Advance registration is required. To register, please register online (link below) or send a completed registration form (link below) to Social Planning Toronto, 2 Carlton St, Suite 1001 Toronto, ON M5B 1J3. Call 416-351-0095 ext. 251 for more information. All registrations will be confirmed by e-mail.

* Conference registration is free
* Refreshments, lunch and post-conference reception included
* Space is limited. Please register early.
* Deadline for registration is Wednesday, September 15, 2010

Online registration:
http://socialplanningtoronto.org/news/register-for-common-ground-schools-as-community-hubs-the-vision-the-challenge-the-opportunity/

Mail-in registration:
http://socialplanningtoronto.org/wp-content/uploads/2010/08/Registration-Form-Schools-as-Community-Hubs.pdf

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NEWS & VIEWS

MARTIN SHEEN JOINS HOTEL WORKERS ON ROYAL YORK HOTEL PICKET LINE

by Jasmeet Sidhu, Toronto Star

It would seem like there’s no natural alliance between the glitzy lifestyle of celebrities in town for the Toronto International Film Festival, and the struggling workers running the hotels they stay in.

But as Hollywood star Martin Sheen reminded striking hotel workers outside the Royal York, actors are union members too.

Read more: http://www.thestar.com/news/gta/article/859167–martin-sheen-joins-hotel-workers-on-royal-york-hotel-picket-line

For more about the Hyatt hotel workers’ struggle: http://www.hotelworkersrising.org/hyatt/

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NEW BOOK – STRATEGIC ALLIANCES: COALITION BUILDING AND SOCIAL MOVEMENTS

Strategic Alliances: Coalition Building and Social Movements
Nella Van Dyke and Holly J. McCammon, Editors
University of Minnesota Press | 376 pages | 2010
ISBN 978-0-8166-6734-5 | paperback | $27.50
ISBN 978-0-8166-6733-8 | hardcover | $82.50
Social Movements, Protest, and Contention Series, volume 34

Strategic Alliances provides pioneering analysis of the circumstances leading to movement alliances. Contributors investigate coalition dynamics among social movements, including antiwar, environmental, and labor movements, as well as ethnic organizations and women’s groups. While many of the essays examine coalition formation in the United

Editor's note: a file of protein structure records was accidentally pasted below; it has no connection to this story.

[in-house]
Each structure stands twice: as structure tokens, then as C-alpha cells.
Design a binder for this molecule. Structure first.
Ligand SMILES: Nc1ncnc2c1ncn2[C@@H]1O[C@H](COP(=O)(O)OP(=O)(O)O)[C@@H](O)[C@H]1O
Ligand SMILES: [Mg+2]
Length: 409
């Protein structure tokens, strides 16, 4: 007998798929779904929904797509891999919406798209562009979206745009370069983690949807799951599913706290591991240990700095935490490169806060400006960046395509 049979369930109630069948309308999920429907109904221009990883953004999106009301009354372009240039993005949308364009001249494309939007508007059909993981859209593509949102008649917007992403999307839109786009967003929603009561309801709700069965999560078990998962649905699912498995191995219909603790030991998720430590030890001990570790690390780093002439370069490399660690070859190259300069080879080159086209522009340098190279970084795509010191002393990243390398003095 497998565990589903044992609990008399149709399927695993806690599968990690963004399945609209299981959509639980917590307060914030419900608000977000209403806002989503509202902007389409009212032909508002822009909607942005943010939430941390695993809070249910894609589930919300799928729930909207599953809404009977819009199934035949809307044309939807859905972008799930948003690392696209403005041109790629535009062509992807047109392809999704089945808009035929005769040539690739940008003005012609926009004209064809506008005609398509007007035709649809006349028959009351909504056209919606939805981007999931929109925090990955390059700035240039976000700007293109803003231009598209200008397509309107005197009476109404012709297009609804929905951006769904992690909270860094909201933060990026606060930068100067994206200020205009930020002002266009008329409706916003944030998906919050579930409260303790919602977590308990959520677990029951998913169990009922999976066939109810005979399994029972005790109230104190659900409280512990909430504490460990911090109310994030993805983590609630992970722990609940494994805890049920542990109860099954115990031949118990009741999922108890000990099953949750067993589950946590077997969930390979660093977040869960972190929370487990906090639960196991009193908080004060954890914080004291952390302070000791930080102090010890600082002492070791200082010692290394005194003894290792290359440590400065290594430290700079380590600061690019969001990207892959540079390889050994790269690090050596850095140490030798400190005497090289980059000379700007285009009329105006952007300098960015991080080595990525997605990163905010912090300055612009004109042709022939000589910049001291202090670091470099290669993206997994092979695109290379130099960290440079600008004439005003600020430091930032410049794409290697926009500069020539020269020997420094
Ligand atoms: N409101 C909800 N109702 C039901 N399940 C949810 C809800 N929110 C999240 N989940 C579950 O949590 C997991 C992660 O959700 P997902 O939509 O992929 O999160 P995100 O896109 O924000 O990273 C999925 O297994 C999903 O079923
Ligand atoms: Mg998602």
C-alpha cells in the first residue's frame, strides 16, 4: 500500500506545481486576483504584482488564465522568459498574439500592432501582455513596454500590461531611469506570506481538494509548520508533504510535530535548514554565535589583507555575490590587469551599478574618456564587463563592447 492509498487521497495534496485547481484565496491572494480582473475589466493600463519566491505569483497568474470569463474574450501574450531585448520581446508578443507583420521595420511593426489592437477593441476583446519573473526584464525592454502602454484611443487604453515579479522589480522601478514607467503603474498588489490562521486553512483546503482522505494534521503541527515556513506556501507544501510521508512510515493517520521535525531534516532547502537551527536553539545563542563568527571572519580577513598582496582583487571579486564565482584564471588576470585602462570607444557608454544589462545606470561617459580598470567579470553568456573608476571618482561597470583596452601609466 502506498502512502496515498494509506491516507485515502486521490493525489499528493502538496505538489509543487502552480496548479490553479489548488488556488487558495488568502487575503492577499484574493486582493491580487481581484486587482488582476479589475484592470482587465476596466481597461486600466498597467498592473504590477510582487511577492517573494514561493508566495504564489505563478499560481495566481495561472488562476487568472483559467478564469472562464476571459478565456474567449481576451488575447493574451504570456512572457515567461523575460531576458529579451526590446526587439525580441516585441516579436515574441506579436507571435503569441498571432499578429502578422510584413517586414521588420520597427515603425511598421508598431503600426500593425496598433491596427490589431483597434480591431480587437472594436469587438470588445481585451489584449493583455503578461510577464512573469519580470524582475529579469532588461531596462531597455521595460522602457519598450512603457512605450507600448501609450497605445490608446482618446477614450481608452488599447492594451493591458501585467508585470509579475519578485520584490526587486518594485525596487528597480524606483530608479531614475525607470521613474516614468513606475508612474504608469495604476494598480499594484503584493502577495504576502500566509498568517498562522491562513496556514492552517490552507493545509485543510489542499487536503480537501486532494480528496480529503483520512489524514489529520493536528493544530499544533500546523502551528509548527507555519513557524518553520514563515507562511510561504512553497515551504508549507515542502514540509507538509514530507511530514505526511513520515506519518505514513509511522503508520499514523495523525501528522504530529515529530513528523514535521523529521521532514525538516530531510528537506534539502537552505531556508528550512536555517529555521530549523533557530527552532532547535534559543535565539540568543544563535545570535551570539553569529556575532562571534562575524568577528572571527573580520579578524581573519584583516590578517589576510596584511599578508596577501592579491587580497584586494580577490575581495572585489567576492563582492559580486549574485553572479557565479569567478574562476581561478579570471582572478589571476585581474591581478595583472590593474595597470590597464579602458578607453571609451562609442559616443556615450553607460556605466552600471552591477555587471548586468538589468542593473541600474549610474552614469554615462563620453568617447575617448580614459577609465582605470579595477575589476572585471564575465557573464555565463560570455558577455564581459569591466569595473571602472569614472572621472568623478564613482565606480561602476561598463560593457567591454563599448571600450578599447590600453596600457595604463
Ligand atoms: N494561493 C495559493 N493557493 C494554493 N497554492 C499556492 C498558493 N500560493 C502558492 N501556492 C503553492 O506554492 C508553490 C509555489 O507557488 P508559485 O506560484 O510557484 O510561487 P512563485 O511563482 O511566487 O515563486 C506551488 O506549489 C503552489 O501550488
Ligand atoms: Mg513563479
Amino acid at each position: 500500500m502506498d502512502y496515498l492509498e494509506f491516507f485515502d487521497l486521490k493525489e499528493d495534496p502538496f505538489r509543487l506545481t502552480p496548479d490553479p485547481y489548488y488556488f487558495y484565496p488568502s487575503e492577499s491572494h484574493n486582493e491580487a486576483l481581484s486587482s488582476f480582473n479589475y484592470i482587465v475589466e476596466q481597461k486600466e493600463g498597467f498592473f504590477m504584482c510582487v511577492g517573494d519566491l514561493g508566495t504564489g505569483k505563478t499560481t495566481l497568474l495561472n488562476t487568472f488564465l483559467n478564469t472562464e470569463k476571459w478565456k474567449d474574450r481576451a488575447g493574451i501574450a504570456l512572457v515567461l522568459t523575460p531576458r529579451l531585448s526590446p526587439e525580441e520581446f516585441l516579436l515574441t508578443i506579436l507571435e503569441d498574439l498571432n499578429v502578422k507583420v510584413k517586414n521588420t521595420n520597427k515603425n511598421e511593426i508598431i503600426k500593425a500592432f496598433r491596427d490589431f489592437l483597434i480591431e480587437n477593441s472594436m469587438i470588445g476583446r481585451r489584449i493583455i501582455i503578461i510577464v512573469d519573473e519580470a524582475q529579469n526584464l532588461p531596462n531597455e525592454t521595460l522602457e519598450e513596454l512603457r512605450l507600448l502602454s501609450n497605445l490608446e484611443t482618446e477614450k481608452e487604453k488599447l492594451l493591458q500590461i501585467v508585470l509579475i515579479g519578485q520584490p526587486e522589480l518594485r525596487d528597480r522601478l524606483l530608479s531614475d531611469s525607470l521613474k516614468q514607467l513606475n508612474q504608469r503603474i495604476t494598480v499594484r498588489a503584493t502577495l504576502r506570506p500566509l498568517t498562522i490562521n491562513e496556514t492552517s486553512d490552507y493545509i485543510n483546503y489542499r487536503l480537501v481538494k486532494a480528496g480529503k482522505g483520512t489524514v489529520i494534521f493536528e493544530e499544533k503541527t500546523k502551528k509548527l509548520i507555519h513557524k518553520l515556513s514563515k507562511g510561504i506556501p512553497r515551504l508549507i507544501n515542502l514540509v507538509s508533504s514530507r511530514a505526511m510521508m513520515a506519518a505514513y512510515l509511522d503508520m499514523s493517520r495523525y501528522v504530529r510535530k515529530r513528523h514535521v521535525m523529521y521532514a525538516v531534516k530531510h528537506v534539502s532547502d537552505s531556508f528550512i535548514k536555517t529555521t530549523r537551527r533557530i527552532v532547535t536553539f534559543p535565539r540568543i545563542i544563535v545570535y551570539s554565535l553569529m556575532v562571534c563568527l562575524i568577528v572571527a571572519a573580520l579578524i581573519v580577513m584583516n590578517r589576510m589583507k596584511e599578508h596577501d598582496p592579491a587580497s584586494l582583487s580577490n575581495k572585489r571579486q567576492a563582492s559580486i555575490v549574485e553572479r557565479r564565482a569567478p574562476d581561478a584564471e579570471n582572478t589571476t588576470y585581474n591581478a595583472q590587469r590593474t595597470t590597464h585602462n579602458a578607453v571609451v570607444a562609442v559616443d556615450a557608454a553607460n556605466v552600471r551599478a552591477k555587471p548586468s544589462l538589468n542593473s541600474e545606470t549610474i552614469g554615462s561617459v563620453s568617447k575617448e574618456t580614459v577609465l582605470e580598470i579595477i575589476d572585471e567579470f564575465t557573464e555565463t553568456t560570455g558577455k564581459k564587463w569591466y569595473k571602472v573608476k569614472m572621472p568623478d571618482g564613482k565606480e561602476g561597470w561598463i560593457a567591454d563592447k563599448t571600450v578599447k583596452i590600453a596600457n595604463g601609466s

States, others consider coalitions in Britain, the former East Germany, East Asia, and Latin America.

For more information, including the table of contents, visit the book’s webpage: http://www.upress.umn.edu/Books/V/vandyke_strategic.html

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MICHAEL MOORE TEACHES RAHM EMANUEL A F**CKING ECONOMICS LESSON

Alternet

Moore responds to Obama’s chief of staff, quoted as saying he didn’t care that tens of thousands of jobs would be lost if GM and Chrysler collapsed.

http://www.alternet.org/story/148106/michael_moore_teaches_rahm_emanuel_a_f**cking_economics_lesson
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WHAT ARE THE GAME CHANGERS?

by Marc Lee, rabble

Here are 12 steps to create a movement for change that will excite people about the world that could be, and put our ruling class on the defensive.

Read more: http://rabble.ca/news/2010/09/what-are-game-changers

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TORONTO & YORK REGION LABOUR COUNCIL – THE CITY WE WANT

The summer of 2010 has already served up more than the usual share of drama and excitement. Most people haven’t focused yet on the upcoming municipal elections, but the jockeying for position is already taking place. Is there a surprise in the level of support for Rob Ford’s simplistic tax cuts message? We know it goes beyond hard-core conservatives to include some union members and residents who feel alienated from City Hall. But we also know what happens when that kind of right-wing populism prevails – the devastation and turmoil of the Mike Harris years were ample proof.

If it is clear what we don’t want, why aren’t more people raising their voices about the kind of city we do want?

Read more: http://www.labourcouncil.ca/citywewant.pdf

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ONLINE JOURNAL ARTICLES